Pizzamas last week, combined with rereading Looking for Alaska, by John Green, for class recently, made me wonder who you all think is the most crush-worthy character in this book. I personally don’t think it’s Pudge/Miles … but all the characters are pretty flawed as well. I’m super curious to see who you would marry, who you would date, and who you would dump between Miles, the Colonel, and Takumi. Let me know in the comments!
Did you know today is day two of Banned Books Week, which this year is being celebrated from September 22 to September 28. I’ve always kind of known there were banned books, but I think I viewed this as a problem that mostly existing the past or in really small pockets of America. I pictured the banning of books like Lady Chatterly’s Lover. It wasn’t until this year that I learned that the banning of books hugely spiked in the 1980s. Books like Harry Potter, Twilight, The Perks of Being a Wallflower, The Hunger Games, and even the Alice books are among the most banned books of the last decade, along with classics like Huckleberry Finn and Beloved. This problem is not in the past. It not only exists in the present. It is growing. Continue reading “Marry, Date or Dump: Men from Banned Books”
Last Saturday was best-selling YA author and vlogbrother John Green’s birthday. It got me to thinking that yes I’ve done a Marry, Date or Dump on boys from his novels and yes I’ve done one where you could choose between Green and other YA authors, but I haven’t made a post for the girls from his books. I chose the ladies from his most famous books (Looking for Alaska, Paper Towns, and The Fault in Our Stars) but if you want to swap in Jane from Will Grayson, Will Grayson or Lindsey from An Abundance of Katherines then go for it! Lots of people criticize Green’s books for buying into the manic pixie dream girl trope. I would argue that he takes that theme and adds layers to it … but that is probably a topic for another post. I really love his female characters for being intelligent, independent, and most importantly for never forgetting to be awesome.
One of the best things I’ve gained from blogging is a huge appreciation of John Green. Actually, it goes way beyond an appreciation considering the amount of time I spend watching him and his brother on Youtube. He seems to have his finger in so many pies right now. And not normal everyday pies… like extra delicious, new flavors, super popular pies. The nerd fighters are everywhere these days.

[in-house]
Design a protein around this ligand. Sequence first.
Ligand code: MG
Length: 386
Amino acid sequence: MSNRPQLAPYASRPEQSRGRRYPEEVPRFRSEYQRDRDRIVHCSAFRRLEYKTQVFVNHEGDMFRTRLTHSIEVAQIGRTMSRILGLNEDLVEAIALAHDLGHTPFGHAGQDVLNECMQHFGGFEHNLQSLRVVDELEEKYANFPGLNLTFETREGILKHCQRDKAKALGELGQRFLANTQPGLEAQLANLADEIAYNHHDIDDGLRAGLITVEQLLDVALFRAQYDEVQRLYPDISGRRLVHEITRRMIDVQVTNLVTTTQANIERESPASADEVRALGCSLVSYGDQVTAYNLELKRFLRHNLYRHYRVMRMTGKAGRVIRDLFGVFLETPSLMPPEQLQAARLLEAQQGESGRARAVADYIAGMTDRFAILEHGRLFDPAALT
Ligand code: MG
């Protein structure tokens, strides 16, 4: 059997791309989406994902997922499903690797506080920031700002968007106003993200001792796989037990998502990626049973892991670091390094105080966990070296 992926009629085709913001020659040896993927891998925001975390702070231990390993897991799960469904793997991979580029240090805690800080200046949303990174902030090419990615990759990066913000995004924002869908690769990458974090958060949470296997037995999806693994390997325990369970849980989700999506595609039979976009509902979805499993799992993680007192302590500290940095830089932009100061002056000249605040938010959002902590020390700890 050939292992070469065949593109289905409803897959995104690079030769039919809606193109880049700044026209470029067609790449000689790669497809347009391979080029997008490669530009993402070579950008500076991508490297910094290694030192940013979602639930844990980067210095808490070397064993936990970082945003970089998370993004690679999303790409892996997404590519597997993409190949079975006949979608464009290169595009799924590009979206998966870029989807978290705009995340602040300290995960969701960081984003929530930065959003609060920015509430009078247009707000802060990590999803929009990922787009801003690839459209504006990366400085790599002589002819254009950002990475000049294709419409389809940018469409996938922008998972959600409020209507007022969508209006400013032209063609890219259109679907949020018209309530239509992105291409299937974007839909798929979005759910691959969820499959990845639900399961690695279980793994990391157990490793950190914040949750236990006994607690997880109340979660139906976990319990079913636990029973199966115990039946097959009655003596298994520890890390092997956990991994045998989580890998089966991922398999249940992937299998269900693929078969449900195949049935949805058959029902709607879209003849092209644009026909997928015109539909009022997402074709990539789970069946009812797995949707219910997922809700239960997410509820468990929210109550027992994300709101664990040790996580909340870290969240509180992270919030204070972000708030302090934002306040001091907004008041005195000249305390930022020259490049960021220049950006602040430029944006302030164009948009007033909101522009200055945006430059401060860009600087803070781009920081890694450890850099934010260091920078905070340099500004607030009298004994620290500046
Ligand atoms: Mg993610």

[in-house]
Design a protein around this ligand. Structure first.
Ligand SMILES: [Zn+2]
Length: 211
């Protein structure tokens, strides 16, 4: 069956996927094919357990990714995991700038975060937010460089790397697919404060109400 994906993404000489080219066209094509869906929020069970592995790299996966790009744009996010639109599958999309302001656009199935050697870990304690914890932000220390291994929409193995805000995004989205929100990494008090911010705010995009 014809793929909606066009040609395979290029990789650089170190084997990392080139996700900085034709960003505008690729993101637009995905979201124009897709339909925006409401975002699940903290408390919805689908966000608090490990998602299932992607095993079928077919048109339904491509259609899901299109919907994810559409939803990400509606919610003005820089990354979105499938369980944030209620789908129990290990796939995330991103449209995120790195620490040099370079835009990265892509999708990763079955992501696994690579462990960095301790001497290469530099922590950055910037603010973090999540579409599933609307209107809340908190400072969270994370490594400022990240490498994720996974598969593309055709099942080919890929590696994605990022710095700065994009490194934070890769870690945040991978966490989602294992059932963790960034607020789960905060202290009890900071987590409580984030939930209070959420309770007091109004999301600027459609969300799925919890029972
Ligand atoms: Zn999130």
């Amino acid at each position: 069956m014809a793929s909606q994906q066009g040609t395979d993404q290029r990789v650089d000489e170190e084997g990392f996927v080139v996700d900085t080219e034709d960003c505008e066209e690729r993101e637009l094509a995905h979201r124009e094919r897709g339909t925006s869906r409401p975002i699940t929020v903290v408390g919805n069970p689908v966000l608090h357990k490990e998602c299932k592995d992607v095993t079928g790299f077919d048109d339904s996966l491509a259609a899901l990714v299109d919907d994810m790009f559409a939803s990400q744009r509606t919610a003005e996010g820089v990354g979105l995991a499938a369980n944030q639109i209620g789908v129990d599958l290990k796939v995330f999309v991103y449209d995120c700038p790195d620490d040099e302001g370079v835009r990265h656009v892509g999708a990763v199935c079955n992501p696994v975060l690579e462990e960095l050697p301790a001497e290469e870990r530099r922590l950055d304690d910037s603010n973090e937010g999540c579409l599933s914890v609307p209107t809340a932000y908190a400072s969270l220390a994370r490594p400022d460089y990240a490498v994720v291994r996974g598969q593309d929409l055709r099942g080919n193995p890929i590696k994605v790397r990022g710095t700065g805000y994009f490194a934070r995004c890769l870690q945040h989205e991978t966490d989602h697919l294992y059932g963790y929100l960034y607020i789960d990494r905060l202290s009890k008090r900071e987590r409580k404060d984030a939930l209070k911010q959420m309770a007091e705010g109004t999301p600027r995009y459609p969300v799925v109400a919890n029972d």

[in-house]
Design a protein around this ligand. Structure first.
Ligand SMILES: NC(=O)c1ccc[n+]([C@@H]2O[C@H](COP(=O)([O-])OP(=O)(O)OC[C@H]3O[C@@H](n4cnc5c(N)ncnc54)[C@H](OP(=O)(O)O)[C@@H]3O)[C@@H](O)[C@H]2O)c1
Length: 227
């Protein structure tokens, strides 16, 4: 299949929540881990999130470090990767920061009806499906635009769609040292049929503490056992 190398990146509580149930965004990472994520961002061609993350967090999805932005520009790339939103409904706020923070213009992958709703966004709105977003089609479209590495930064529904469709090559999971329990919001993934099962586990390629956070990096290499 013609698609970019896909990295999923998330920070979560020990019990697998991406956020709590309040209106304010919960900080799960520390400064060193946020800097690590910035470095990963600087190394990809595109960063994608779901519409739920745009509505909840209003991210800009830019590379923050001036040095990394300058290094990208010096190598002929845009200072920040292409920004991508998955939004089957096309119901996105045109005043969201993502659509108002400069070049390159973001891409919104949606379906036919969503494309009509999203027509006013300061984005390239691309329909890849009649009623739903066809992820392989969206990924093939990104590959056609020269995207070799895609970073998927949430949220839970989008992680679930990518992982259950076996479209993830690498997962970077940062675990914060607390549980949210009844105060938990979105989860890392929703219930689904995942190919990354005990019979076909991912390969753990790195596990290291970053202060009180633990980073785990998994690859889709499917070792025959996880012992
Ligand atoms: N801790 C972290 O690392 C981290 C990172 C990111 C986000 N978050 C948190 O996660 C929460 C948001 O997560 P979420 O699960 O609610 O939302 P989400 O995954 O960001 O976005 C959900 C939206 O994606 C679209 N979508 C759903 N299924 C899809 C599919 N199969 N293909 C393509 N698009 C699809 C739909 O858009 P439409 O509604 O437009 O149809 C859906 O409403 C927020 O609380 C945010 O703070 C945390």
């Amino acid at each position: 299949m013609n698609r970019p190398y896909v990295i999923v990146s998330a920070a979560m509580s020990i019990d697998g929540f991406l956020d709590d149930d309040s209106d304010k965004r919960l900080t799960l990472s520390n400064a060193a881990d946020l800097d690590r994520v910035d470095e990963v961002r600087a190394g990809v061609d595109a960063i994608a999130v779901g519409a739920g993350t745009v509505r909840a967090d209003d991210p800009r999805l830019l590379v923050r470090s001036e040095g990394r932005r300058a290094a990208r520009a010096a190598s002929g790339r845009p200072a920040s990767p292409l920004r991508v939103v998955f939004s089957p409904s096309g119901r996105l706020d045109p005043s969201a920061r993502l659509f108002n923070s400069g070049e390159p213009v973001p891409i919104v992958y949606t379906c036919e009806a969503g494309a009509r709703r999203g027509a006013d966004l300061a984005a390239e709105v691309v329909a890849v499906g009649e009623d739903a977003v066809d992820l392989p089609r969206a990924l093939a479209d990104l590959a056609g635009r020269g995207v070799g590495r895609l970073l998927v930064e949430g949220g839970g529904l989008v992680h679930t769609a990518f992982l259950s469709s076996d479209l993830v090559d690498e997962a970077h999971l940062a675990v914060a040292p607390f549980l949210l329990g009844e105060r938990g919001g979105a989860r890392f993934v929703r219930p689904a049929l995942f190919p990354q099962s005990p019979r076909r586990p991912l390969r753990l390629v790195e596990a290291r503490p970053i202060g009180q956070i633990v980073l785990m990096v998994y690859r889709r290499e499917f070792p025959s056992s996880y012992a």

There’s a stage I remember in high school where everything becomes a paradox. Even things that are completely straightforward suddenly have two opposing sides. Looking for Alaska, by John Green, and they way I feel about the book, brought me back to that time. And I can’t decide if that was the genius or flawed quality of the writing. To me, the book seemed like a strange combination of very interesting but not believable or relatable characters and very ordinary but marvelously described situations.
The characters all seemed to be to fit into the categories of cliché or anti-cliché. The protagonist, Miles/Pudge (so nicknamed because of his scrawny stature), is the smart unpopular kid who never fit in at home but makes friends with a group of outsiders (a paradox in itself, perhaps, but maybe I’m stretching) when he decides to spend 11th grade at his father’s old boarding school. This band of misfits is made up of his roommate (the bitter but brilliant scholarship student from a trailer park), Takumi (a stereotype defining Asian rapper), at times Lara(the attractive but shy Russian exchange student) and the center of the book (and title character) Alaska.
We learn a lot about all of the characters, their back-stories, motivations, and goals. But the way we learn them is very upfront and unnatural. The characters feel the need to explain themselves to Miles/Pudge when they meet. You’re understanding of the characters does not develop through out the book. They are interesting, but static. Especially Alaska, who is a fair portrayal of the common female character, who is so different and amazing that everyone reveres her (think zooey deschanel in 500 Days of Summer or Zelda Fitzgerald).
By contrast the plot is fairly predictable. Pudge gets “corrupted” into a fairly genial world of sneaking cigarettes, drinking bad wine, a prank war with the rich and oh so preppy “weekday warriors” and his first sexual experiences along with dealing with religious questions and feeling both drawn to and independent from his parents. Instead of being boring, these sections were so accurately written they remained interesting while being universal. I kept thinking that’s exactly how I felt but explained in better words.
The book was slow going in the beginning, but by the end I felt compelled to finish it quickly. I said I had to run errands during my lunch break, and finished the car in the parking lot of the CVS. With all the hype and praise for John Green’s new book “The Fault in Our Stars” I will definitely follow up with that one soon. But part of me think it’s fun to discover a new author, by reading their first published book.
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